WebCore Now Compiles for Haiku

Blog post by leavengood on Mon, 2007-11-12 05:40

I know I have been very quiet for a while in regards to my Haiku WebKit port, but that is because I’ve been in a long session of coding. I am happy to report that this weekend I finally got WebCore compiling for Haiku:

Link ../../../generated/objects/haiku/x86/release/WebKit/WebCore/libwebcore.so 
Chmod1 ../../../generated/objects/haiku/x86/release/WebKit/WebCore/libwebcore.so 
SetType1 ../../../generated/objects/haiku/x86/release/WebKit/WebCore/libwebcore.so 
MimeSet1 ../../../generated/objects/haiku/x86/release/WebKit/WebCore/libwebcore.so 
SetVersion1 ../../../generated/objects/haiku/x86/release/WebKit/WebCore/libwebcore.so 

So what does this mean? Does it mean the port is now complete? Unfortunately, no it doesn’t.

There are still some “stubbed out” classes in the Haiku platform code in WebCore, which means they don’t do anything and just exist to make the code compile. Fortunately I have coded a lot of the needed platform files, but the ones which are stubbed out are some of the more complicated ones.

But I am very eager to finally get a simple web launcher running on Haiku to test the port, so I plan to work on this project after work this next week. For those not aware my (self-assigned) deadline for the WebKit Port Bounty on Haikuware is November 15th, which is this next Thursday. I think this deadline was a good motivator so I am glad I have it, but I don’t think the port will be rock solid and “complete” by then. Keep in mind that the Qt port of WebKit is also missing a lot and has been worked on by many developers for more than a year. In addition WebKit originally came from KHTML which was a Qt-based HTML engine, so they have another advantage in that the design is Qt-friendly. Even the Windows port which is done by Apple employees who are experts on WebKit is still missing things that the main Mac OS X port has.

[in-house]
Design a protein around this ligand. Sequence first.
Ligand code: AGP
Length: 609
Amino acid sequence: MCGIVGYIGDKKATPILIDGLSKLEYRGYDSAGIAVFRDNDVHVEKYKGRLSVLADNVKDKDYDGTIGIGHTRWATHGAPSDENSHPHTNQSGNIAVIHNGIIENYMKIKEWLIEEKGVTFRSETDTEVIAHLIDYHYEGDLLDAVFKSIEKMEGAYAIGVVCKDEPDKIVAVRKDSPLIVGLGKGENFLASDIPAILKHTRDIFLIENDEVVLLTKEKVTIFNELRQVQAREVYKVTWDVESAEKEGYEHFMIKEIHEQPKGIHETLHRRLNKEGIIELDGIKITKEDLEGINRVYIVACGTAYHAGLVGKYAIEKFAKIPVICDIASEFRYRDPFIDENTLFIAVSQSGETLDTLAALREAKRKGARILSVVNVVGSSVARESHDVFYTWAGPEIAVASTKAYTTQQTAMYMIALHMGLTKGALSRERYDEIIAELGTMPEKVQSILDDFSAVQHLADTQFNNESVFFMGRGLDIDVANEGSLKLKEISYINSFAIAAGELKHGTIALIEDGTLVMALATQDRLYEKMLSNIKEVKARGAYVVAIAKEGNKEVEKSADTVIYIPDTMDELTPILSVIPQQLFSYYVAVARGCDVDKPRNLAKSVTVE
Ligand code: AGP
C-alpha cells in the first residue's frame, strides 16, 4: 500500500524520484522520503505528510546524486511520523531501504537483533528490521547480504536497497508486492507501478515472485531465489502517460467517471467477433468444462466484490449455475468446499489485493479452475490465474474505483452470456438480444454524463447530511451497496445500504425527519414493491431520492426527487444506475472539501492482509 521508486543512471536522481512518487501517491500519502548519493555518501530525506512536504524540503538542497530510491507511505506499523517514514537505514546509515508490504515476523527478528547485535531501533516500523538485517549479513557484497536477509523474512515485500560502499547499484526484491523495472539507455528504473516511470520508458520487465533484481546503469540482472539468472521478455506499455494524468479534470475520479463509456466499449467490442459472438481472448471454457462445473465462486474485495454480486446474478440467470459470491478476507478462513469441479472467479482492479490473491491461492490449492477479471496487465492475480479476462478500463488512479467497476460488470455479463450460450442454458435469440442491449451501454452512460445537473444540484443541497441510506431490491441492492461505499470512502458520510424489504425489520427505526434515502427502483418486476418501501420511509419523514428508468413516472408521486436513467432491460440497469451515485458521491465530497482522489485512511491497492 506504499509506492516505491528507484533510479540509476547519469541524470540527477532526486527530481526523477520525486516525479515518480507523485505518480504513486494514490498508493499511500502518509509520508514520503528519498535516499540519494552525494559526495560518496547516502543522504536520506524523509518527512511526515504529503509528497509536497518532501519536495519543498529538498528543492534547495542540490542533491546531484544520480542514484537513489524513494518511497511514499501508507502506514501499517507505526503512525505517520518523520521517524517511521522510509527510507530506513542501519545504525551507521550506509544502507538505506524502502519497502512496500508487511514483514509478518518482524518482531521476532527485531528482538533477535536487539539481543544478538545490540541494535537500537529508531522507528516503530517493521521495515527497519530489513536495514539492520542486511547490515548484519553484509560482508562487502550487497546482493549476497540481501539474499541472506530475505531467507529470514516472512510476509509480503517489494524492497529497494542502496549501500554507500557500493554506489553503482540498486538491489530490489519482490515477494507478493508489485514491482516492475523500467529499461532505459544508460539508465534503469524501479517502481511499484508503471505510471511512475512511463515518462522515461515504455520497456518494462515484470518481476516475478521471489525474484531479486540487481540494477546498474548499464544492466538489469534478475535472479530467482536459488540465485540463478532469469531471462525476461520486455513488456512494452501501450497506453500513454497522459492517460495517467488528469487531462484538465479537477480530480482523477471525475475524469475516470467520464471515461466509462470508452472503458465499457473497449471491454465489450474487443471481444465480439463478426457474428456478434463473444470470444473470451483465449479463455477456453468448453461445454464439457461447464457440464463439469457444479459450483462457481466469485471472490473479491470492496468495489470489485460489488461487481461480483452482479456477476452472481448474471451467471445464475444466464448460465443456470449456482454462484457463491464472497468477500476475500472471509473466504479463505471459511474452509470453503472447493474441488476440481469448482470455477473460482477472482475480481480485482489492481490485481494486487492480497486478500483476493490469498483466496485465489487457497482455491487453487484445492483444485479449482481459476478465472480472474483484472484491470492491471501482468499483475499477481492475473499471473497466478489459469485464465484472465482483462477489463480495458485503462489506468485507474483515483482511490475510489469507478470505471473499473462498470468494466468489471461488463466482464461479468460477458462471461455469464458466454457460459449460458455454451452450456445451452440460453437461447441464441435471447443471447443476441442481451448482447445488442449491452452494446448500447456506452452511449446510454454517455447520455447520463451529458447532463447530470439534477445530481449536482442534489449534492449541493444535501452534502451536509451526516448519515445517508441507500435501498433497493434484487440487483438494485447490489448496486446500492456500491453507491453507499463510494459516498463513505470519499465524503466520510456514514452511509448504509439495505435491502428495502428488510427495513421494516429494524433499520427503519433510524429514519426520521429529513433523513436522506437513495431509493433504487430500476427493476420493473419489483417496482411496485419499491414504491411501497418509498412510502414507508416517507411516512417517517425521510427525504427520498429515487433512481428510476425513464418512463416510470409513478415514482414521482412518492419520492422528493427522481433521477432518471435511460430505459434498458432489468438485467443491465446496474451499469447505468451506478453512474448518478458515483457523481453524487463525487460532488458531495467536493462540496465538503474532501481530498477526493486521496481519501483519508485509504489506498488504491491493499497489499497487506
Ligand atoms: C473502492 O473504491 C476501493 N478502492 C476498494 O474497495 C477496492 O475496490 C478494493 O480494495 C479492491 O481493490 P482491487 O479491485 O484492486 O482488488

I don’t say all this as some big excuse. I just want people to realize this is quite a big project and involves my learning the design of WebKit as well as aspects of the Haiku API I am not aware of. Plus as I have discussed before I have had to set up a new cross-compiler environment, port and then build four external libraries WebKit needs (CURL, ICU, SQLite, and libxml2), and write new Jamfiles for JavaScriptCore and WebCore so they can be built with the Haiku build system. I have also added missing features to Haiku that WebKit needed. In the end I think I will be a much better developer after doing all this, but it does involve a lot of work. I expect that once I get over this first hump of the main work for the port, other people will be able (and hopefully willing) to help. I do know at least one Haiku developer who has interest in helping a bit.

So what do I plan to deliver to satisfy the bounty? Well I have started working on “HaikuLauncher”, inspired by the QtLauncher, which will be a very basic browser shell to drive the WebKit engine. I would like this to be able to load a web page and render it properly. Beyond that I’m not guaranteeing anything, at least for another few months until I can write a full browser (which is outside the scope of the bounty.)

Given this I hope the folks who contributed to the bounty can feel satisfied that their money was well spent.